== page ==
2. Jerry White says:

    This sort of thing is a very real issue in the U.S. non-profit sector, where there is (at least at the management level) an informal but rock-solid consensus that because of the size and precariousness of these organisations, it’s not realistic to hold them to the same standards of equity and conditions of work that you would, say, General Motors. Thus, my bet is that figuring out about how to align their institutional culture with their mission would be seen by most non-profits as a great thing to do, but something that’s practically speaking impossible until the organisation has more resources (which is to say, never). That kind of idealism is for the fat cats; we, the righteously poor, just gotta do what we gotta do, and if you don’t get that, then you just don’t get it. I paraphrase, but only barely.

    This attitude really does lead to all sorts of abuse of vulnerable (and often very young and idealistic) staff. We’re not talking mutilated limbs or physical exhaustion here, but we are talking some about pretty unpleasant attitudes. This was certainly my experience working for a left-of-centre nonprofit in the 1990s. Complaints from staff members working crazy amounts of unpaid overtime about the failure to uniformly provide health-care benefits or job security or a paid lunch hour for God’s sake were generally seen as nothing more than signs that their commitment to the cause was lacking. At one meeting management went so far as to say to the staff look, we’re too busy to mess around with complaining about conditions, this is what we do here and if you don’t like it then just find another job. This sort of heavy-handedness would rightly be seen as revolting in a business (even a small-business) setting. It is, in my (yes, limited) experience, very much standard procedure in a large part of the non-profit sector. What that sector needs, in a really big way, is more widespread unionisation. If that was widely understood, possibly via the kind of transparency that Tim is talking about here, I do think it would massively undercut a lot of that sector’s moral authority.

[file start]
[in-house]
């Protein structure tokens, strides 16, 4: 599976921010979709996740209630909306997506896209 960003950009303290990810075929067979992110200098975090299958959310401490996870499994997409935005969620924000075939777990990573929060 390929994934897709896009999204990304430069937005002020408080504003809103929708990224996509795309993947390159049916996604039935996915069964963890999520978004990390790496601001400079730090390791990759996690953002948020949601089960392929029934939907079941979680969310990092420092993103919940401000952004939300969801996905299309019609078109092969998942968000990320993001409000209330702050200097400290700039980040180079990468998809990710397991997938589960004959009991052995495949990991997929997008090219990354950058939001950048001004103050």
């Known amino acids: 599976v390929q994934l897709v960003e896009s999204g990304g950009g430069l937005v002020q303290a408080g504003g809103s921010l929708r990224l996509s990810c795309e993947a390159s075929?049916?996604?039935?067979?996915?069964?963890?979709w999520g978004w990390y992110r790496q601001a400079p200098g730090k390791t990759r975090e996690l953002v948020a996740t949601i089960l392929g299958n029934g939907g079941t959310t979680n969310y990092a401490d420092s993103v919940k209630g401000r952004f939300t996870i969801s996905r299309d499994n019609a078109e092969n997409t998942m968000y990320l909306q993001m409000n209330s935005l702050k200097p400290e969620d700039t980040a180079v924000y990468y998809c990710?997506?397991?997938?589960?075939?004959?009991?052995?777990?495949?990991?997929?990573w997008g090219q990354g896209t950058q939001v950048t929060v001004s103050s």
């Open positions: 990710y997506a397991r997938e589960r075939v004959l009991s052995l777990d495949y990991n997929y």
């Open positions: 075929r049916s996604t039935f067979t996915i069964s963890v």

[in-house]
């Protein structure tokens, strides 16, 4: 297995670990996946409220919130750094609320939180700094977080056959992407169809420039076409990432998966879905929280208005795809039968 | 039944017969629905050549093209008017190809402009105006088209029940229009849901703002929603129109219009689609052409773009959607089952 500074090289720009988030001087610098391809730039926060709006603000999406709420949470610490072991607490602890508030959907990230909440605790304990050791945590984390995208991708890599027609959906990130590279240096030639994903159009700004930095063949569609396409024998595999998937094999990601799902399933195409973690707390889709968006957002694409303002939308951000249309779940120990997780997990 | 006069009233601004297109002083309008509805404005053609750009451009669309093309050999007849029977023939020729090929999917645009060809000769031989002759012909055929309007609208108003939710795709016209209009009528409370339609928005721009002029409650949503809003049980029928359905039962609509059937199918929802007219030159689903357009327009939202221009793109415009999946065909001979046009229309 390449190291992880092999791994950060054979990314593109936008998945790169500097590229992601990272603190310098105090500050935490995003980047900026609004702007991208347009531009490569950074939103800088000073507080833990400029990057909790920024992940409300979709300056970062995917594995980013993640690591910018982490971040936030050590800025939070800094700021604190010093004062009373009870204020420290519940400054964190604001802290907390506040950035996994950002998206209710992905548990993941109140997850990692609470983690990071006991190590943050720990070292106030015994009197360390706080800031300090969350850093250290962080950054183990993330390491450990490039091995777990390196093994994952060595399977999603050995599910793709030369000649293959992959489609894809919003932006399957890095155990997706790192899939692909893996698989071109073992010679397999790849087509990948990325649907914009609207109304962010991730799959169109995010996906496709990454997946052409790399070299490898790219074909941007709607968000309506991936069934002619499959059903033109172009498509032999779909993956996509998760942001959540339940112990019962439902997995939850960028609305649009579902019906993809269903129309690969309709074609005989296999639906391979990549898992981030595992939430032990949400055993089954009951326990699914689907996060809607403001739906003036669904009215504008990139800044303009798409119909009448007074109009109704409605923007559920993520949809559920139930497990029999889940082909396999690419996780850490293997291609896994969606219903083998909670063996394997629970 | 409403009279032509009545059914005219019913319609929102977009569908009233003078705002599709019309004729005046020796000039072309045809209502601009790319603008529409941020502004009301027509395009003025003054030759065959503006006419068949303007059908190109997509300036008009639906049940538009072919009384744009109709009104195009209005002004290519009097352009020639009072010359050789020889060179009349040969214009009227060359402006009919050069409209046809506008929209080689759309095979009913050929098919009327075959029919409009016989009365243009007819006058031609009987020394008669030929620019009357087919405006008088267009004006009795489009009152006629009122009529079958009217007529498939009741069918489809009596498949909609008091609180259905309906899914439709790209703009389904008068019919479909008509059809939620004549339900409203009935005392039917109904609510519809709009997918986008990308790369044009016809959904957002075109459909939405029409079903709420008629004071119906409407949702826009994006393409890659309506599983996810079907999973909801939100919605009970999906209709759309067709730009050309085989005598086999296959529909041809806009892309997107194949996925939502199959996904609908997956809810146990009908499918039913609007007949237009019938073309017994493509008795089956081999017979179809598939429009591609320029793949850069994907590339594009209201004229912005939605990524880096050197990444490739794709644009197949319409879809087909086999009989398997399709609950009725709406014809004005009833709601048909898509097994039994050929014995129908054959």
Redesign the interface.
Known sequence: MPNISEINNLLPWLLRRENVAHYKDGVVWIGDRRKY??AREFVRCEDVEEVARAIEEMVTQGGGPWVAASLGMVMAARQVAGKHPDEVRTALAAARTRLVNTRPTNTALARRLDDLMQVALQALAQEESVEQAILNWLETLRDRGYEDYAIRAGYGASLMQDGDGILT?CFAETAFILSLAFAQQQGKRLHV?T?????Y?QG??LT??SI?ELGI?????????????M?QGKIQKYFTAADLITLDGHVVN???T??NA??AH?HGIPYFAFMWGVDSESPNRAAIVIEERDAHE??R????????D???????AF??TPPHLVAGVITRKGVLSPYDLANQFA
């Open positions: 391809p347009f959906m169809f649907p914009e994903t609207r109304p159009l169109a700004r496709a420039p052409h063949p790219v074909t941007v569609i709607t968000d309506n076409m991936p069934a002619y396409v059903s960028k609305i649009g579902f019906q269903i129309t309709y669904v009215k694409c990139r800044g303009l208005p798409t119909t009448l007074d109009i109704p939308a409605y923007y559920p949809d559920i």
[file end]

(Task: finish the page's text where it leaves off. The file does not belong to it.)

3. Timothy Burke says:

    Unionisation would be one answer. As my dad (a labor lawyer who represented management) used to say, if you act like the lack of union representation entitles you to abuse employees, you’re probably going to end up having to deal with a union in the end.

    I think this kind of thing is especially bitter in a lot of nonprofits when you get a look at the compensation of many of the people running these groups, even some of the medium-to-small ones. But even when that’s not disproportionate, the kind of thing Jerry’s talking about (which is pretty much exactly what I’ve seen myself) is really revolting when it comes in that naked a form–it’s absolutely no different than the bosses in a bad little factory saying, “If you don’t like it, leave”. Except that it’s worse, because the organization may well be an organization allegedly fighting for social justice on a larger scale.

  4. Doug says:

    Meet the Nonprofiteer:

    Probably also a gateway to numerous similar blogs as well as a good look into that world. I’m only there occasionally, myself, but she speaks good sense.